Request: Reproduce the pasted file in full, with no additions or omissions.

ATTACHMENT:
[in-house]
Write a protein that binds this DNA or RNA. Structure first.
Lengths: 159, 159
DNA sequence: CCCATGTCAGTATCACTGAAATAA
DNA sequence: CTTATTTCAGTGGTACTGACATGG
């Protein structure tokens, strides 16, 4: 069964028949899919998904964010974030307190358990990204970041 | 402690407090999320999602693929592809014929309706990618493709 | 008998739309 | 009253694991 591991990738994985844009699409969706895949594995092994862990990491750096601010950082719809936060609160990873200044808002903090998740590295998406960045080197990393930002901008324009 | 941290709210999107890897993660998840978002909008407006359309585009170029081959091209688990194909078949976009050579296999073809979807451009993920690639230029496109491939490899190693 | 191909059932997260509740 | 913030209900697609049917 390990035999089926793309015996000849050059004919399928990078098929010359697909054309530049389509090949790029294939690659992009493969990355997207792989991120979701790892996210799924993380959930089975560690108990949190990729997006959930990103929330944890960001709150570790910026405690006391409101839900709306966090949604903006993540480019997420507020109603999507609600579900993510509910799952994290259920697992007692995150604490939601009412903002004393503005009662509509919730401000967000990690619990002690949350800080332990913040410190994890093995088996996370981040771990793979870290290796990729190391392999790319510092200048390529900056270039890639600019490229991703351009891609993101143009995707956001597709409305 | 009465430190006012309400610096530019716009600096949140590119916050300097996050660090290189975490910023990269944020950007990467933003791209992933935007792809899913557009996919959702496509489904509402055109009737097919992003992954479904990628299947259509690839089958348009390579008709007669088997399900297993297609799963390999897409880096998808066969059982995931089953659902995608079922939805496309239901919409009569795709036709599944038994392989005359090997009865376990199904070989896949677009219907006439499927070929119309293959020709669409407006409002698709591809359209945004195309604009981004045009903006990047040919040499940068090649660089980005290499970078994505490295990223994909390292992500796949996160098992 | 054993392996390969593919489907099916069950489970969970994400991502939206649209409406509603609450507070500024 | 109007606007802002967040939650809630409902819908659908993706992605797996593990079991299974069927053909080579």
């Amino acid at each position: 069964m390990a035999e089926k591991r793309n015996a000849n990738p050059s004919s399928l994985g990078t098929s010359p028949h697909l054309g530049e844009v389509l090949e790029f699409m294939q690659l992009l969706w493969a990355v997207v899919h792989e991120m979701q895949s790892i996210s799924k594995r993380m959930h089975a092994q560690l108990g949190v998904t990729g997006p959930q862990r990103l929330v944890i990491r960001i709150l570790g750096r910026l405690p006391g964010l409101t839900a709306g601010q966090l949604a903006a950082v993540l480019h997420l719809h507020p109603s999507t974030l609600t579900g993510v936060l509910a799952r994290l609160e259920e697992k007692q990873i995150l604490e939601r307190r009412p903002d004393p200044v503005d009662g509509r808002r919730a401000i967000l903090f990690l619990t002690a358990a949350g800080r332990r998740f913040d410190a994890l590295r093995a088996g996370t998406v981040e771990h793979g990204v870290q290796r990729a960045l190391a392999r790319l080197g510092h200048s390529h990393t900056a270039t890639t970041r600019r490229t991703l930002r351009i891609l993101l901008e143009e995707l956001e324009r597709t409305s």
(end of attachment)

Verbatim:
[in-house]
Write a protein that binds this DNA or RNA. Structure first.
Lengths: 159, 159
DNA sequence: CCCATGTCAGTATCACTGAAATAA
DNA sequence: CTTATTTCAGTGGTACTGACATGG
């Protein structure tokens, strides 16, 4: 069964028949899919998904964010974030307190358990990204970041 | 402690407090999320999602693929592809014929309706990618493709 | 008998739309 | 009253694991 591991990738994985844009699409969706895949594995092994862990990491750096601010950082719809936060609160990873200044808002903090998740590295998406960045080197990393930002901008324009 | 941290709210999107890897993660998840978002909008407006359309585009170029081959091209688990194909078949976009050579296999073809979807451009993920690639230029496109491939490899190693 | 191909059932997260509740 | 913030209900697609049917 390990035999089926793309015996000849050059004919399928990078098929010359697909054309530049389509090949790029294939690659992009493969990355997207792989991120979701790892996210799924993380959930089975560690108990949190990729997006959930990103929330944890960001709150570790910026405690006391409101839900709306966090949604903006993540480019997420507020109603999507609600579900993510509910799952994290259920697992007692995150604490939601009412903002004393503005009662509509919730401000967000990690619990002690949350800080332990913040410190994890093995088996996370981040771990793979870290290796990729190391392999790319510092200048390529900056270039890639600019490229991703351009891609993101143009995707956001597709409305 | 009465430190006012309400610096530019716009600096949140590119916050300097996050660090290189975490910023990269944020950007990467933003791209992933935007792809899913557009996919959702496509489904509402055109009737097919992003992954479904990628299947259509690839089958348009390579008709007669088997399900297993297609799963390999897409880096998808066969059982995931089953659902995608079922939805496309239901919409009569795709036709599944038994392989005359090997009865376990199904070989896949677009219907006439499927070929119309293959020709669409407006409002698709591809359209945004195309604009981004045009903006990047040919040499940068090649660089980005290499970078994505490295990223994909390292992500796949996160098992 | 054993392996390969593919489907099916069950489970969970994400991502939206649209409406509603609450507070500024 | 109007606007802002967040939650809630409902819908659908993706992605797996593990079991299974069927053909080579």
């Amino acid at each position: 069964m390990a035999e089926k591991r793309n015996a000849n990738p050059s004919s399928l994985g990078t098929s010359p028949h697909l054309g530049e844009v389509l090949e790029f699409m294939q690659l992009l969706w493969a990355v997207v899919h792989e991120m979701q895949s790892i996210s799924k594995r993380m959930h089975a092994q560690l108990g949190v998904t990729g997006p959930q862990r990103l929330v944890i990491r960001i709150l570790g750096r910026l405690p006391g964010l409101t839900a709306g601010q966090l949604a903006a950082v993540l480019h997420l719809h507020p109603s999507t974030l609600t579900g993510v936060l509910a799952r994290l609160e259920e697992k007692q990873i995150l604490e939601r307190r009412p903002d004393p200044v503005d009662g509509r808002r919730a401000i967000l903090f990690l619990t002690a358990a949350g800080r332990r998740f913040d410190a994890l590295r093995a088996g996370t998406v981040e771990h793979g990204v870290q290796r990729a960045l190391a392999r790319l080197g510092h200048s390529h990393t900056a270039t890639t970041r600019r490229t991703l930002r351009i891609l993101l901008e143009e995707l956001e324009r597709t409305s």